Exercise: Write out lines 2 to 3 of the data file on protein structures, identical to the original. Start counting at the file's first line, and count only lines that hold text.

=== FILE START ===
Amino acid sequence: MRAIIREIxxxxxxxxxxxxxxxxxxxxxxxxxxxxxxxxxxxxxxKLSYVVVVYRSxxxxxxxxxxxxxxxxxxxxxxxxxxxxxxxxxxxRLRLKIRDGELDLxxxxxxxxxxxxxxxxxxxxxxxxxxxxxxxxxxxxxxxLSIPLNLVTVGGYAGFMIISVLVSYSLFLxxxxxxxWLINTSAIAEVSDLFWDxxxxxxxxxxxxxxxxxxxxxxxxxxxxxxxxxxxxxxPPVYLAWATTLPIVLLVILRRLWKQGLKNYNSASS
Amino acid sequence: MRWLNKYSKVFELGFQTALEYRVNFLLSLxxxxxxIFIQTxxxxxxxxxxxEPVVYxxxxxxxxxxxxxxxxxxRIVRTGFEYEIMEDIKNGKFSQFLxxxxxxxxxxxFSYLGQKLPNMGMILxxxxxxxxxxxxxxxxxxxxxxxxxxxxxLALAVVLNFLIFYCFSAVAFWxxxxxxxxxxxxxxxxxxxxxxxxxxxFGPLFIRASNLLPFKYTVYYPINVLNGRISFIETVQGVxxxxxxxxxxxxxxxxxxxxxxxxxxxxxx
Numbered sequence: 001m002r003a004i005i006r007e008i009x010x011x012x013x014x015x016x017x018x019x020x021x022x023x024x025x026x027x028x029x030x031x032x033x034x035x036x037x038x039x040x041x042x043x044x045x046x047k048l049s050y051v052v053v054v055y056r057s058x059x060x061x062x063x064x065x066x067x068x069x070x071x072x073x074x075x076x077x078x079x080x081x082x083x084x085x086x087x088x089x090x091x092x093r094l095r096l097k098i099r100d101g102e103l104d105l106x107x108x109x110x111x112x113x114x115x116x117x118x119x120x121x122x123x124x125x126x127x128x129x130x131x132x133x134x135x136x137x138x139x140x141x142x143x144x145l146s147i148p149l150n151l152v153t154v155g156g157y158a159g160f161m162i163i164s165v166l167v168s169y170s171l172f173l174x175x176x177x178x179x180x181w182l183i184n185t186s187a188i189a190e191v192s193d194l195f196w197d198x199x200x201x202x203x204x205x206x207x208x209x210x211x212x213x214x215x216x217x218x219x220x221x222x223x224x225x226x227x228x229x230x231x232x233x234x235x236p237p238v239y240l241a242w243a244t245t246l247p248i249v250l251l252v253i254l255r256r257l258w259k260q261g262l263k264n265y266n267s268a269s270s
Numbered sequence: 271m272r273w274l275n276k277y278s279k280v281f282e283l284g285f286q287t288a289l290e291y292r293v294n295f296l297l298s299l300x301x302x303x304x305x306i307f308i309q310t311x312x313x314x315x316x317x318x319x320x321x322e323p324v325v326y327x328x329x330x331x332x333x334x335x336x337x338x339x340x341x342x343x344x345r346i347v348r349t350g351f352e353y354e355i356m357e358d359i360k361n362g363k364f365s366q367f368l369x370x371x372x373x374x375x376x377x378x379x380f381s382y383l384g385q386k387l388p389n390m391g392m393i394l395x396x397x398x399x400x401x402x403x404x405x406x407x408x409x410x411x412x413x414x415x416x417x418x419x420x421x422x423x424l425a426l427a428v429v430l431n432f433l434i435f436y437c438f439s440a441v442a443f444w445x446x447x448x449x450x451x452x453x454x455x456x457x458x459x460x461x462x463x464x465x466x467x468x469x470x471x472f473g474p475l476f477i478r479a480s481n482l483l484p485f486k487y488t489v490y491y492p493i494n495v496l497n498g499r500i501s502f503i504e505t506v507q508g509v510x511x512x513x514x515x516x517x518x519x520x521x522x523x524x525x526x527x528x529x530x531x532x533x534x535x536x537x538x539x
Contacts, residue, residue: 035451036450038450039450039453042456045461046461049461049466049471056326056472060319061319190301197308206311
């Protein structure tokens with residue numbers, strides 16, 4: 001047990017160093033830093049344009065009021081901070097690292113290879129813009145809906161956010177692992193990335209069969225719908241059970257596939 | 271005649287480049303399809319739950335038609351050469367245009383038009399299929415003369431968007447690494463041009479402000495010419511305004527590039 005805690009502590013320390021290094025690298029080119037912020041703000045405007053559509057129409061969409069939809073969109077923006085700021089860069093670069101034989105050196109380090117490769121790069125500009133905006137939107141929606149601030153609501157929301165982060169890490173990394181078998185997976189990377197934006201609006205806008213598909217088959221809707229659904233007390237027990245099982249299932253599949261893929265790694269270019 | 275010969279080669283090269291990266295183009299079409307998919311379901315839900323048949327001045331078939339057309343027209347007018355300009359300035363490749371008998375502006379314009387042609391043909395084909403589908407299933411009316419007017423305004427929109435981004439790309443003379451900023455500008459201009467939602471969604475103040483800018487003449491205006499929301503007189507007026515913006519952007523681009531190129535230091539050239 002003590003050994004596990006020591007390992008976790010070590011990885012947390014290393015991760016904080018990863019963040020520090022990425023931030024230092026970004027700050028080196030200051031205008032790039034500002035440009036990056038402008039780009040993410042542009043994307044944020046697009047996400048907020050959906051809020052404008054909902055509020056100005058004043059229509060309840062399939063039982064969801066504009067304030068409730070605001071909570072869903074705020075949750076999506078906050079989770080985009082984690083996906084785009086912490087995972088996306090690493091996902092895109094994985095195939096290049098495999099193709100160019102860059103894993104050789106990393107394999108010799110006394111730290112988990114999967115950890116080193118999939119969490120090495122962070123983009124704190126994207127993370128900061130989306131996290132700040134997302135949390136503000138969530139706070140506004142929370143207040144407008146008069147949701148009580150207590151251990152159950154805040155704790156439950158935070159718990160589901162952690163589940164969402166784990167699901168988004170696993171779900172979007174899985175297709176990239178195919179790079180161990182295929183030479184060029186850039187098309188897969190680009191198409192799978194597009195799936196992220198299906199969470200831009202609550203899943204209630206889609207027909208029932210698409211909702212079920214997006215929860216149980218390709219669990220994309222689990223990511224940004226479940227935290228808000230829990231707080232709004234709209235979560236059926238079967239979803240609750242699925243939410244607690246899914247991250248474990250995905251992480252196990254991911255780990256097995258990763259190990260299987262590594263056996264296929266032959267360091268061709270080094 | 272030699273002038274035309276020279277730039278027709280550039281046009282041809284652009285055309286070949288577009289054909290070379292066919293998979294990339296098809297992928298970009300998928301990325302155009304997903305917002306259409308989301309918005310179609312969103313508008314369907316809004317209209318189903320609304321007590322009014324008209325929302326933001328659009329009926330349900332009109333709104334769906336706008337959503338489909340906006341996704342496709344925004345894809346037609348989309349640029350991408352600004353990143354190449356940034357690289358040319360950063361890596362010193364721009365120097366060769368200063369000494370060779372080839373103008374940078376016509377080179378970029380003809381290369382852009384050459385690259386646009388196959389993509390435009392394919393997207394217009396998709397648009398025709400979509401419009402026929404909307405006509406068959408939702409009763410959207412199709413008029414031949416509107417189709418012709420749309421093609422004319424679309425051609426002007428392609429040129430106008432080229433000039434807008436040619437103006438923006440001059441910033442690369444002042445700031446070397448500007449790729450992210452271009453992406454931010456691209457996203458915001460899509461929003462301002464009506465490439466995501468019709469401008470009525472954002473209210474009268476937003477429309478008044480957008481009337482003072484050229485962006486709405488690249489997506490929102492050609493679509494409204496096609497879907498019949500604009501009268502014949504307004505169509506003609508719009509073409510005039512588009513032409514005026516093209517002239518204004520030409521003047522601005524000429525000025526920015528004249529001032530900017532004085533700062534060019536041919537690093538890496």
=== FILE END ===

Amino acid sequence: MRWLNKYSKVFELGFQTALEYRVNFLLSLxxxxxxIFIQTxxxxxxxxxxxEPVVYxxxxxxxxxxxxxxxxxxRIVRTGFEYEIMEDIKNGKFSQFLxxxxxxxxxxxFSYLGQKLPNMGMILxxxxxxxxxxxxxxxxxxxxxxxxxxxxxLALAVVLNFLIFYCFSAVAFWxxxxxxxxxxxxxxxxxxxxxxxxxxxFGPLFIRASNLLPFKYTVYYPINVLNGRISFIETVQGVxxxxxxxxxxxxxxxxxxxxxxxxxxxxxx
Numbered sequence: 001m002r003a004i005i006r007e008i009x010x011x012x013x014x015x016x017x018x019x020x021x022x023x024x025x026x027x028x029x030x031x032x033x034x035x036x037x038x039x040x041x042x043x044x045x046x047k048l049s050y051v052v053v054v055y056r057s058x059x060x061x062x063x064x065x066x067x068x069x070x071x072x073x074x075x076x077x078x079x080x081x082x083x084x085x086x087x088x089x090x091x092x093r094l095r096l097k098i099r100d101g102e103l104d105l106x107x108x109x110x111x112x113x114x115x116x117x118x119x120x121x122x123x124x125x126x127x128x129x130x131x132x133x134x135x136x137x138x139x140x141x142x143x144x145l146s147i148p149l150n151l152v153t154v155g156g157y158a159g160f161m162i163i164s165v166l167v168s169y170s171l172f173l174x175x176x177x178x179x180x181w182l183i184n185t186s187a188i189a190e191v192s193d194l195f196w197d198x199x200x201x202x203x204x205x206x207x208x209x210x211x212x213x214x215x216x217x218x219x220x221x222x223x224x225x226x227x228x229x230x231x232x233x234x235x236p237p238v239y240l241a242w243a244t245t246l247p248i249v250l251l252v253i254l255r256r257l258w259k260q261g262l263k264n265y266n267s268a269s270s